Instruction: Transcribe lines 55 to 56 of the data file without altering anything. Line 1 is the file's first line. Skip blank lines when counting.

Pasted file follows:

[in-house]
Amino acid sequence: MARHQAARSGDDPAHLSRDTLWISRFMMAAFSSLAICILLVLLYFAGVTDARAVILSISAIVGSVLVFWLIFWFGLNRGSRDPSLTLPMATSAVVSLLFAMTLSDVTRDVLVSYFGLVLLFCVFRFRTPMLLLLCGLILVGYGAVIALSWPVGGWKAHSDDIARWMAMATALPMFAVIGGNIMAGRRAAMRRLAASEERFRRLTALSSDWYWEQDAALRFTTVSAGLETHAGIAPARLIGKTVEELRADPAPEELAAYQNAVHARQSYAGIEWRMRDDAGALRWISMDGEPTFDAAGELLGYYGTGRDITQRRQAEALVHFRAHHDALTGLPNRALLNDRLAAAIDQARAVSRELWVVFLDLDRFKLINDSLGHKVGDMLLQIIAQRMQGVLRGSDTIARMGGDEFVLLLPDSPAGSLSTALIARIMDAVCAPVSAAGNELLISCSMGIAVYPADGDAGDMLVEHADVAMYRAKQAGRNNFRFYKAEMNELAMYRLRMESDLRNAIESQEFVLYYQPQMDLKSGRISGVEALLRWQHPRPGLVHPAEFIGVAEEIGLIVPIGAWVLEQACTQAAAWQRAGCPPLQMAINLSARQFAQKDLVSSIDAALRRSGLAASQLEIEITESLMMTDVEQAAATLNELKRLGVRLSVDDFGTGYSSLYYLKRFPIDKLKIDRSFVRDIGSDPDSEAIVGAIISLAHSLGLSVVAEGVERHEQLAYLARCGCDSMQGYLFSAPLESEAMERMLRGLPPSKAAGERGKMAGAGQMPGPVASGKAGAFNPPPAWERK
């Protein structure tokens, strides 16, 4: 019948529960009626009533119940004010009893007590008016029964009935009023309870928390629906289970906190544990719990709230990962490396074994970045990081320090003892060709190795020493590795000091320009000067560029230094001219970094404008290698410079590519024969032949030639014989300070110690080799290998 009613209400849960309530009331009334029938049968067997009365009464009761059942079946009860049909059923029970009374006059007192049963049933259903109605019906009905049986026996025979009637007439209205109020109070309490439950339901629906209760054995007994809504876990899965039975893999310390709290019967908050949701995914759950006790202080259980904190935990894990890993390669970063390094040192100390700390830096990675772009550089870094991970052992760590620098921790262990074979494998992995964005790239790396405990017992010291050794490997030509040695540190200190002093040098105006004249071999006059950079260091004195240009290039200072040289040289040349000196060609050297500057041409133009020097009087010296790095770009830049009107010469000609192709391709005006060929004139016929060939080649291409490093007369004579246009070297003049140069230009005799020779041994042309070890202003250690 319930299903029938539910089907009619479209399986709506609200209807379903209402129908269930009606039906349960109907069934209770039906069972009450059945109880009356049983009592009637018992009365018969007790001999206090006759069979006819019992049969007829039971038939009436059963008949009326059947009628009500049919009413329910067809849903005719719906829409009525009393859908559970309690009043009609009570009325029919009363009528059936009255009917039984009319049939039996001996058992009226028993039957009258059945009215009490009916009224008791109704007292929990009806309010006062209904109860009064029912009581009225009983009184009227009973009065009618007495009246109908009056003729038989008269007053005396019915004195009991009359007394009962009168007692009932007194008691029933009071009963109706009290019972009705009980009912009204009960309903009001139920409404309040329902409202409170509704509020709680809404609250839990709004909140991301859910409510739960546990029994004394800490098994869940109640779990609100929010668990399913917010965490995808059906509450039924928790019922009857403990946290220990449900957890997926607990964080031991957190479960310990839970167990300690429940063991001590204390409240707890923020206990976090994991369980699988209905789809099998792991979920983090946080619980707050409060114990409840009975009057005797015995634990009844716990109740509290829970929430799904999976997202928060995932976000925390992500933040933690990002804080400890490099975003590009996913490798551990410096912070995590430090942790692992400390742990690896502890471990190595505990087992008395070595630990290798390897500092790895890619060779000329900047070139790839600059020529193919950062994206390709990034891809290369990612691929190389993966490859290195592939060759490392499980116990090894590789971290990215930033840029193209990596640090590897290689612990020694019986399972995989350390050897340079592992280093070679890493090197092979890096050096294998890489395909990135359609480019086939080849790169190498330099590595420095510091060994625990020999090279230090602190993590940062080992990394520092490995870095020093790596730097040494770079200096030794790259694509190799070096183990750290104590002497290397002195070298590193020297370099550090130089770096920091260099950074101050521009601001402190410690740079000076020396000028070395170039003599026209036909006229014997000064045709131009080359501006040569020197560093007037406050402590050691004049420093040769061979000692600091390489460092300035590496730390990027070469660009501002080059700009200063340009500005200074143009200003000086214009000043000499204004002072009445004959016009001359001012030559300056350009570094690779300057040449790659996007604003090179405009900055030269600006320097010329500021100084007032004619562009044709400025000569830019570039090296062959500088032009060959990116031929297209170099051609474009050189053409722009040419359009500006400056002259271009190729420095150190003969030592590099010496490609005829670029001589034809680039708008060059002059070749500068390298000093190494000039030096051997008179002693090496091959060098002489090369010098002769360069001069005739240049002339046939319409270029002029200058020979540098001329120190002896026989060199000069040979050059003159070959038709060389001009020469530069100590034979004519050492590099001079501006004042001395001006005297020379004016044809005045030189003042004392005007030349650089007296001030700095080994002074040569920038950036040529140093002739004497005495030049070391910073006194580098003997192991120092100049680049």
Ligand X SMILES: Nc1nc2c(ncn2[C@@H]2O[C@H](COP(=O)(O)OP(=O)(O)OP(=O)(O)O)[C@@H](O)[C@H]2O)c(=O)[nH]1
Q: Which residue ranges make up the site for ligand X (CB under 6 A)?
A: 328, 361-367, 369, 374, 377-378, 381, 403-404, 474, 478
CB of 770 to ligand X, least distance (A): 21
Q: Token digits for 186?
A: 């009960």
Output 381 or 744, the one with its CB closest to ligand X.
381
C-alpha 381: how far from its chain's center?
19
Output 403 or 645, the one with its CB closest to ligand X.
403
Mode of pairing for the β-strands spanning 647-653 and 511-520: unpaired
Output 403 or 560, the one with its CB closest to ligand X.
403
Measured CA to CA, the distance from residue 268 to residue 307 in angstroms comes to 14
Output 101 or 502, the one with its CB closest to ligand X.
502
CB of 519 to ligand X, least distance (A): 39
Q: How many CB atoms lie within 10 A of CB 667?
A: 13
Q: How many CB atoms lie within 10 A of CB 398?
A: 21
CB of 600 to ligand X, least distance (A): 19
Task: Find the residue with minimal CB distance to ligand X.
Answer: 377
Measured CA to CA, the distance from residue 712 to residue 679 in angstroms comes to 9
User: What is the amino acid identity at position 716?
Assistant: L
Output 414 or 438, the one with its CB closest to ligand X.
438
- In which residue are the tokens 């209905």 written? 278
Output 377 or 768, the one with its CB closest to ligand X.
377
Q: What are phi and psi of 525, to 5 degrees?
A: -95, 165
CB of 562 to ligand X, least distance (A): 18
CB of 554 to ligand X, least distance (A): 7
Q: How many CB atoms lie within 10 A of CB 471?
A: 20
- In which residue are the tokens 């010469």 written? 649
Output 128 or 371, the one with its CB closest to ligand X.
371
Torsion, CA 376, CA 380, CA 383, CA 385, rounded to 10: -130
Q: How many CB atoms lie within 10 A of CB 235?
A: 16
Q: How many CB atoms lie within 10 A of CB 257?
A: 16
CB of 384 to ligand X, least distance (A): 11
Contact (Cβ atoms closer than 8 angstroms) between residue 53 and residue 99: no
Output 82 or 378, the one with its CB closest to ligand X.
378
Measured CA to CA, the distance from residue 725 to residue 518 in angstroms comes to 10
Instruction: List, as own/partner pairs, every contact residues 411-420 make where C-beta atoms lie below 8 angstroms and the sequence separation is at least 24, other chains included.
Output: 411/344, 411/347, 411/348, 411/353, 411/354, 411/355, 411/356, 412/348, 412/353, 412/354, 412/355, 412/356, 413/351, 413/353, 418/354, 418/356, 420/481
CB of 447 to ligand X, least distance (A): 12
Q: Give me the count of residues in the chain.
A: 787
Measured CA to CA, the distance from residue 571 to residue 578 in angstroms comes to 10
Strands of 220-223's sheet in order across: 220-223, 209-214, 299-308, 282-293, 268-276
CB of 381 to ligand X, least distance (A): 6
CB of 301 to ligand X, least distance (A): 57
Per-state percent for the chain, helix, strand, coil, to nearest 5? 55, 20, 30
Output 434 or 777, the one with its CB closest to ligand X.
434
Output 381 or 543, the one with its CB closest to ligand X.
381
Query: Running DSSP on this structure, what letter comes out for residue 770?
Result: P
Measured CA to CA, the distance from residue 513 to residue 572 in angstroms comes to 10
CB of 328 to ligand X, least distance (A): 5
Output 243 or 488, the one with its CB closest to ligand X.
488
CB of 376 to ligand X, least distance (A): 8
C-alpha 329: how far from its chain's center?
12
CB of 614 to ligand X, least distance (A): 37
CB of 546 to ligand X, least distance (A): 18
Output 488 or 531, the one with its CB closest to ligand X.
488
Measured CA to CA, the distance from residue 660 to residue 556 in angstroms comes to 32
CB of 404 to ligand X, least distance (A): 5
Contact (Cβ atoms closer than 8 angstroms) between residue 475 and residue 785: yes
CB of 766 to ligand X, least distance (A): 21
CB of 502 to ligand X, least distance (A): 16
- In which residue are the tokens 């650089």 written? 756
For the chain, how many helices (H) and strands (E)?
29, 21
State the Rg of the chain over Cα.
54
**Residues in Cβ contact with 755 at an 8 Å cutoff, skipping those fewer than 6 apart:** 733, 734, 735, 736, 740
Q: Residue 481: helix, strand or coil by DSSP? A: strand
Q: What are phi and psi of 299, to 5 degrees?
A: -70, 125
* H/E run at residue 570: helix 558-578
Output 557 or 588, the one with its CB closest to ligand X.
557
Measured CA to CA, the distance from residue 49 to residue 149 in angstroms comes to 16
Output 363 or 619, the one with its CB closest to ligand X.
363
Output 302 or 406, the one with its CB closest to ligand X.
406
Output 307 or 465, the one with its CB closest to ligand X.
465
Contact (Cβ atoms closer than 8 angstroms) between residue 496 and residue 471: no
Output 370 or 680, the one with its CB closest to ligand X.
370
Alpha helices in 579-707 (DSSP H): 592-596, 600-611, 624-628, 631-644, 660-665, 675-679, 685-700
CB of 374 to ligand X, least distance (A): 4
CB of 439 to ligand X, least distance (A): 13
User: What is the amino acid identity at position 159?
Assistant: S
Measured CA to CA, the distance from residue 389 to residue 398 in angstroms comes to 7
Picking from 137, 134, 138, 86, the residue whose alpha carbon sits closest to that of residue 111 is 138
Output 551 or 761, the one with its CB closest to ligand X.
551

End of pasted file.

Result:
378
Measured CA to CA, the distance from residue 725 to residue 518 in angstroms comes to 10